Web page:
In an interview with the Daily News, Cuomo said, “I feel like essentially I had a silver platter of a rape case. I had witnesses, I had DNA, I had my own testimony, I had two cops. I had them saying, ‘We admit he sexually assaulted you,’ and I didn’t get the verdict I needed the first time, and that just highlights to me the problem in the system.” She added, “Anal’s not rape? On what planet do you live? It never occurred to us that that’s not rape.”
After the trial, Assemblywoman Aravella Simotas tried to get Albany to change the definition last year—”This legislation will ensure that no other victim will face the same indignity that this Bronx schoolteacher suffered“—but nothing happened. Simotas said, “New York lags behind such liberal bastions as South Dakota and Tennessee in how we define rape. New York should be at the forefront to protect crime victims.”
Cuomo, who is not related to the governor, told the Daily News how she was surprised that the jury didn’t convict Pena of rape, “When we found out the reason why, it just seemed so ludicrous to me. I think, quite frankly, it’s insulting… Ultimately I was being told, ‘Oh, you were anally raped and orally raped, but we don’t believe you were raped; you were sexually assaulted.’” She also explained why she’s making her identity known, “I think this is part of my way of moving on. I think I was given this opportunity to take this horrible, painful and negative thing and make it positive.”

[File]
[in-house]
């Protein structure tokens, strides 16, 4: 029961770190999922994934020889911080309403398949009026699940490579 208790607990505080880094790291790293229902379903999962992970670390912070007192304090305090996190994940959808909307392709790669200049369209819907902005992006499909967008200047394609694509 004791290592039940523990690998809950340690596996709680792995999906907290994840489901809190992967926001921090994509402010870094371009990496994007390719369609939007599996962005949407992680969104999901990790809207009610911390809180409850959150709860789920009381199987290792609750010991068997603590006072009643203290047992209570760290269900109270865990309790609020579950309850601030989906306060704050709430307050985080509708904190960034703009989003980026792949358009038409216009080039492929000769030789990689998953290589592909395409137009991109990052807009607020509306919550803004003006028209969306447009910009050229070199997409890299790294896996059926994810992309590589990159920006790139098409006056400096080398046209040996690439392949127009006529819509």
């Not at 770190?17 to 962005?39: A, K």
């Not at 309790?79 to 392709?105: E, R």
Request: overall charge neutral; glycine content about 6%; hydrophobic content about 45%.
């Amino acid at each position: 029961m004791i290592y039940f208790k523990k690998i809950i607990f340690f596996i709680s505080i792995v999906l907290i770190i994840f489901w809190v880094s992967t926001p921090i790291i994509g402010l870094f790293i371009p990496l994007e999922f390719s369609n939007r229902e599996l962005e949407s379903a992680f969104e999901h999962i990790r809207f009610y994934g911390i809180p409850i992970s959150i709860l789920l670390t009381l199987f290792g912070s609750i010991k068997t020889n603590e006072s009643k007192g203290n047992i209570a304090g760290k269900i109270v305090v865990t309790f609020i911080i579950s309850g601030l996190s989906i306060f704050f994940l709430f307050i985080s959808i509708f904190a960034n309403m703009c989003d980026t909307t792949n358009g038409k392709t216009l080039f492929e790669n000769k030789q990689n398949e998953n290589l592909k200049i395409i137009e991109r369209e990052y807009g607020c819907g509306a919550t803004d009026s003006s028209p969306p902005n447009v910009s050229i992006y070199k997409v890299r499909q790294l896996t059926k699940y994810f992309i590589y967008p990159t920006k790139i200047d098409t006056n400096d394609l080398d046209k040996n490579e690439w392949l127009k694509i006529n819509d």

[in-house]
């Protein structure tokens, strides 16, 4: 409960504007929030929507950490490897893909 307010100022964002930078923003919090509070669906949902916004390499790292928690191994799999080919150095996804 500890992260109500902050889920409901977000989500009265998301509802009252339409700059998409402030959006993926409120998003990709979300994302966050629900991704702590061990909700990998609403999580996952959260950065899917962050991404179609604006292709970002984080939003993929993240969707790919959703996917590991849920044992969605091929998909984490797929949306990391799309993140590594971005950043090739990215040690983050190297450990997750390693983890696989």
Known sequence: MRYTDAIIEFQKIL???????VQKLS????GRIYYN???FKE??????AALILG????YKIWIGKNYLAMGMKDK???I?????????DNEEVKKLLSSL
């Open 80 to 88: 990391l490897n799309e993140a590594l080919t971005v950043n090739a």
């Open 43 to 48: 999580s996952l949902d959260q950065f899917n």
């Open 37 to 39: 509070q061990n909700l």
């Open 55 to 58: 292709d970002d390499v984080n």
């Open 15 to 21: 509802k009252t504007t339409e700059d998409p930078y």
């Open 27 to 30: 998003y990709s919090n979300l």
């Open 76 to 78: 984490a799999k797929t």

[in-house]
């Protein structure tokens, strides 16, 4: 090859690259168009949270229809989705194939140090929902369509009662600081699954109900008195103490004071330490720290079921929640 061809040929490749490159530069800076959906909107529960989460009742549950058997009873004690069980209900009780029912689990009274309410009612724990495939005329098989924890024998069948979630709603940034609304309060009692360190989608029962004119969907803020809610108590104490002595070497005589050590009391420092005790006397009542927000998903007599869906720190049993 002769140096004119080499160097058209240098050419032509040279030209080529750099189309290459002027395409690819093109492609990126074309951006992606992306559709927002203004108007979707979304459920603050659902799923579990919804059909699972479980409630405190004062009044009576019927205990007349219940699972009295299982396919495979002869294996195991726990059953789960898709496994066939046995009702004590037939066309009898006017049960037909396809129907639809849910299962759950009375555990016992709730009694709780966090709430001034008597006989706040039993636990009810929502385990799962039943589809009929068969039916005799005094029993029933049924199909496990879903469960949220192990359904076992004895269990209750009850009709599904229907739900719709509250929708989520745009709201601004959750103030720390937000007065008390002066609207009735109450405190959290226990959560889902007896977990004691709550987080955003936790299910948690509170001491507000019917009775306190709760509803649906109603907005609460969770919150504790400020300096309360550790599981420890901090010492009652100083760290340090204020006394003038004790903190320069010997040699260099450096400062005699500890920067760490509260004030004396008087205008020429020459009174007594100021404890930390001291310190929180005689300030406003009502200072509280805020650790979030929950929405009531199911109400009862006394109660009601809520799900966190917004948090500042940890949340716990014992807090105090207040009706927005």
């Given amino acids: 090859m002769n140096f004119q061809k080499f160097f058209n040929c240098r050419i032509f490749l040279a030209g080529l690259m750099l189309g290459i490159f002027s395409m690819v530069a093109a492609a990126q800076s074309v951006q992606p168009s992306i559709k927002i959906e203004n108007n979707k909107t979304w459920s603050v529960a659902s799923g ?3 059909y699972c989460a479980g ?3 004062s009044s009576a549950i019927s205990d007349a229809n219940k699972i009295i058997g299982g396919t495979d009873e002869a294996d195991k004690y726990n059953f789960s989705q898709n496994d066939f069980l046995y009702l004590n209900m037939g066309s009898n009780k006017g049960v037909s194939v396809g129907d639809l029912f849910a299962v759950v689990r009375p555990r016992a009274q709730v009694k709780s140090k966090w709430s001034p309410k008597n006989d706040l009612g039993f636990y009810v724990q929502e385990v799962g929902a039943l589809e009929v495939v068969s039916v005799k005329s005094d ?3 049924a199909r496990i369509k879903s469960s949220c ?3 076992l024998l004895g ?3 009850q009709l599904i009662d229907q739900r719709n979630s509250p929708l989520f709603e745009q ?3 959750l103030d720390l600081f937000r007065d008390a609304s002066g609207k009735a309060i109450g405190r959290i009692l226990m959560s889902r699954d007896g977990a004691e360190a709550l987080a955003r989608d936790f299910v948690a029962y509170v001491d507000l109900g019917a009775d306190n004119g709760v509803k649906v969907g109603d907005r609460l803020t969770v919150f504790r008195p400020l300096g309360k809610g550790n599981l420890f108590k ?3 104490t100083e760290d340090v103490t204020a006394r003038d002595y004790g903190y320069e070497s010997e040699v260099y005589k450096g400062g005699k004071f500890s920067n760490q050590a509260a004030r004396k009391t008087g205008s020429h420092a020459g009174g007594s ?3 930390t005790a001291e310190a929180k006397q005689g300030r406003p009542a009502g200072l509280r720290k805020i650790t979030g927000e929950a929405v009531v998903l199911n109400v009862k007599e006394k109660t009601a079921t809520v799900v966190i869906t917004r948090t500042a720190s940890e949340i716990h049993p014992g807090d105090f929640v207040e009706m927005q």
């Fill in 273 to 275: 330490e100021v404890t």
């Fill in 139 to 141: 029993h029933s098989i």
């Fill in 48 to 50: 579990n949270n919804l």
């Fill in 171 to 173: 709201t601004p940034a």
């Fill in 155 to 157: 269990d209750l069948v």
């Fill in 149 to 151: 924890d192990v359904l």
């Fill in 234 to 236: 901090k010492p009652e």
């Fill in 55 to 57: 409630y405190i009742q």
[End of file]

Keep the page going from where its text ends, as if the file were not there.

Pena was sentenced to 75 years for sexual assault, the jury had a mistrial regarding the rape charges.
Note: In the state of New York, rape is defined as forced vaginal penetration. So legally, (cis)men cannot be raped and (cis)women who are force to have anal or oral sex are not considered ‘raped’.
Let’s talk about Emilio Sosa, one of the finalists of Project Runway All Stars Season 2. I’m shocked I haven’t seen any Tumblrs talk about his finale collection, which was both political and shown exclusively on WoC. The theme channeled Aunt Jemima and Rosie the Riveter, and was named “Urban Plantation.”
Throughout the season, he produced some beautiful, interesting garments. I loved watching him progress and he continued to impress me (and more importantly, the judges). In his finale collection, Emilio showed us one of the most political collections to date for Project Runway. During the critique he says, “I wanted to show the entire collection on women of color because that was the first vision of beauty that I saw in my eyes.” So beautiful.
I just wanted to give him some credit where it was due, because I loved it and wanted you to see it.